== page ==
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15-02-2011 | Cardiology | Article

Late aspirin cessation does not worsen CABG outcomes


Free abstract

MedWire News: Late discontinuation of aspirin is not associated with an increased risk for adverse cardiovascular (CV) outcomes in patients undergoing coronary artery bypass graft (CABG) surgery, study results suggest.

But patients who use aspirin within 5 days before CABG (late discontinuation) are more likely to require an intra- or postoperative blood transfusion than those who stop taking aspirin at least 6 days before surgery (early discontinuation).

"Thus, we recommend weighing the risks and benefits of late aspirin use in these patients," say Leslie Cho (Cleveland Clinic, Ohio, USA) and co-authors.

In the study, Cho and team assessed the outcomes of1845 late and 2298 early aspirin-discontinuation patients who were matched into 1519 patient-pairs using propensity score analysis.

As reported in the journal Circulation, the rate of the combined outcome of myocardial infarction, stroke, and inpatient death did not differ significantly between the late and early discontinuation groups, at 1.8% and 1.7%, respectively.

Intra- and postoperative blood transfusions, however, were more frequent among the late than early discontinuation patients, at 23% versus 20% (p=0.03) and 30% versus 26% (p=0.009), respectively.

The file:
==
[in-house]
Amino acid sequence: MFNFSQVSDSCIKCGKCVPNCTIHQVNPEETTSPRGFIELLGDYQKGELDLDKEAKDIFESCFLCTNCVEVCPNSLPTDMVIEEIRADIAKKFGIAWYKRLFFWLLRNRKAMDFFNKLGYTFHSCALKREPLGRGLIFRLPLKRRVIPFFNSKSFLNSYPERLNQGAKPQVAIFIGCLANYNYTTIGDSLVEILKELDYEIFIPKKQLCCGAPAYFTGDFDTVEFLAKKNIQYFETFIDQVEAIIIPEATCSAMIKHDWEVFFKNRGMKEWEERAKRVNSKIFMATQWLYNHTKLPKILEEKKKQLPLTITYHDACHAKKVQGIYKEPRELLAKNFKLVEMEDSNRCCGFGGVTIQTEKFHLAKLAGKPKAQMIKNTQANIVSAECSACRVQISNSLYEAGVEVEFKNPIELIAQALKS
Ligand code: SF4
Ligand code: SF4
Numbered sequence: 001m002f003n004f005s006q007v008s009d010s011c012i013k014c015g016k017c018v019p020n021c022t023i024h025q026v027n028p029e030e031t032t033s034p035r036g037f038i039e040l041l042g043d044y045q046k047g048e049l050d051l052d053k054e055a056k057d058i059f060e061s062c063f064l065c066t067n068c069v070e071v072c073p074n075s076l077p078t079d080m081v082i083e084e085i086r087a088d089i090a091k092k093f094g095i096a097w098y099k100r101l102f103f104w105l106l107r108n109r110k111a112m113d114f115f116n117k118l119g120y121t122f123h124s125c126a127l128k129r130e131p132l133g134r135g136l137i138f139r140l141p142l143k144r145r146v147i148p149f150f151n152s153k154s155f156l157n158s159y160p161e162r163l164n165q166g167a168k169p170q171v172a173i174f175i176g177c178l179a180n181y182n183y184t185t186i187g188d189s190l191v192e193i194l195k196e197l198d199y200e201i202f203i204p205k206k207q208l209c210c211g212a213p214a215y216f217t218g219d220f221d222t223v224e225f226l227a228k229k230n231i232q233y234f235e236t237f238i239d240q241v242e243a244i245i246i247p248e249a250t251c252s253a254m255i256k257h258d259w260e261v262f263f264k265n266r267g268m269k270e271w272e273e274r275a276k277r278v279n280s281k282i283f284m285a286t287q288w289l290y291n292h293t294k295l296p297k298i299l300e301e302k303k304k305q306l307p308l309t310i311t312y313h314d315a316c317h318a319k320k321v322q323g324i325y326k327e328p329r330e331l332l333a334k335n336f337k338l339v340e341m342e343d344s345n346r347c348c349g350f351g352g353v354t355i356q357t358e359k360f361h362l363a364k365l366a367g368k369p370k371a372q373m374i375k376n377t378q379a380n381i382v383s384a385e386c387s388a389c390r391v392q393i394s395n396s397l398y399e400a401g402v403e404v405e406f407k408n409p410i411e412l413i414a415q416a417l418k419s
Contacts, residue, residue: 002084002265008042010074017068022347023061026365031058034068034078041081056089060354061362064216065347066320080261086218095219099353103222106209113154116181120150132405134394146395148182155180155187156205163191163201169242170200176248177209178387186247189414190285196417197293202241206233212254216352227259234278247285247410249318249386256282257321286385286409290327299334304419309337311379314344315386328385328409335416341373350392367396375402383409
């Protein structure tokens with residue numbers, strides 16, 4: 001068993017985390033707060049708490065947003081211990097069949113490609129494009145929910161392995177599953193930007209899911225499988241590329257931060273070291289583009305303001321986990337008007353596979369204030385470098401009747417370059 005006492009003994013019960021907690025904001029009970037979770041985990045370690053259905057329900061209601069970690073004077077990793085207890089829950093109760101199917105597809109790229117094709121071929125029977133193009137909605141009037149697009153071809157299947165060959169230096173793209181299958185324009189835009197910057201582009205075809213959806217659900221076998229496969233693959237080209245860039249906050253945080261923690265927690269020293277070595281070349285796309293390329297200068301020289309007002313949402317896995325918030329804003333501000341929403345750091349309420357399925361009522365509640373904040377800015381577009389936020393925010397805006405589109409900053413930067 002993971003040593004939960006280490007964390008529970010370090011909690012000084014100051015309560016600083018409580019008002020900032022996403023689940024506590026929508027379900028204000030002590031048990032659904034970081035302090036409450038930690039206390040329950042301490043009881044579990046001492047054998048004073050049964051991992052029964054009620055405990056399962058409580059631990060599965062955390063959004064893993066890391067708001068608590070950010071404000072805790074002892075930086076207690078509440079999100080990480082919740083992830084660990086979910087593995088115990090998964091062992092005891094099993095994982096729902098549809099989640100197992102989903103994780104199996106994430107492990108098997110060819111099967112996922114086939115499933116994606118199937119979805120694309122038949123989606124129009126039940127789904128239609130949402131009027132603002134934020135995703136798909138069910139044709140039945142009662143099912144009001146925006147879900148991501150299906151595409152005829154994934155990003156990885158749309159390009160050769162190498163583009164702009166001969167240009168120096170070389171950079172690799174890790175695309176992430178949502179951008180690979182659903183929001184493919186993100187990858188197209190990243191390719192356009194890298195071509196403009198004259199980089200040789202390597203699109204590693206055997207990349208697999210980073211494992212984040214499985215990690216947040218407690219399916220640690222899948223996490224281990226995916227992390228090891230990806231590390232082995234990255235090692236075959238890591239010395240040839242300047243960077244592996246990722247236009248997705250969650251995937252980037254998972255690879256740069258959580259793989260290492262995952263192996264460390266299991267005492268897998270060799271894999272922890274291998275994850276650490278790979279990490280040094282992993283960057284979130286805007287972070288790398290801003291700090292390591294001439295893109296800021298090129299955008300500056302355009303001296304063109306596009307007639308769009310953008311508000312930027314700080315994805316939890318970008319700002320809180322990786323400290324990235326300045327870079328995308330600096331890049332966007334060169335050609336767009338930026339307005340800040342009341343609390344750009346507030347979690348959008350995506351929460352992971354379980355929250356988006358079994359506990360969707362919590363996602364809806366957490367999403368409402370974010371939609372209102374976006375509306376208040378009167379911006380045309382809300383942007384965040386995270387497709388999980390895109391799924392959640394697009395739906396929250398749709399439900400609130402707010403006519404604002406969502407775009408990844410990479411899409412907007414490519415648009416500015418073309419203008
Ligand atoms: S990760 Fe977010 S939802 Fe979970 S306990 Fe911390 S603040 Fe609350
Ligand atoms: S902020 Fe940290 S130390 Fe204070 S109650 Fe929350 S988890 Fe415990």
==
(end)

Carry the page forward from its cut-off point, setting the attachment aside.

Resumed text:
Despite the differing blood transfusion rates between groups, Cho et al note that reoperations for bleeding occurred at a similar rate of 3.4% and 2.4% among the late and early discontinuation patients, respectively.

In a related commentary, Paul Myles (Alfred Hospital, Melbourne, Victoria, Australia) highlighted that the study by Cho et al raises the question of "whether or not we should be stopping aspirin therapy at all, and whether or not antifibrinolytic therapy can help prevent any bleeding complications of aspirin while at the same time continuing its antithrombotic benefit."

He concluded that the currently ongoing ATACAS (Aspirin and Tranexamic Acid for Coronary Artery Surgery) trial may provide answers to this question on its completion.

MedWire ( is an independent clinical news service provided by Current Medicine Group, a trading division of Springer Healthcare Limited. © Springer Healthcare Ltd; 2011

By Lauretta Ihonor

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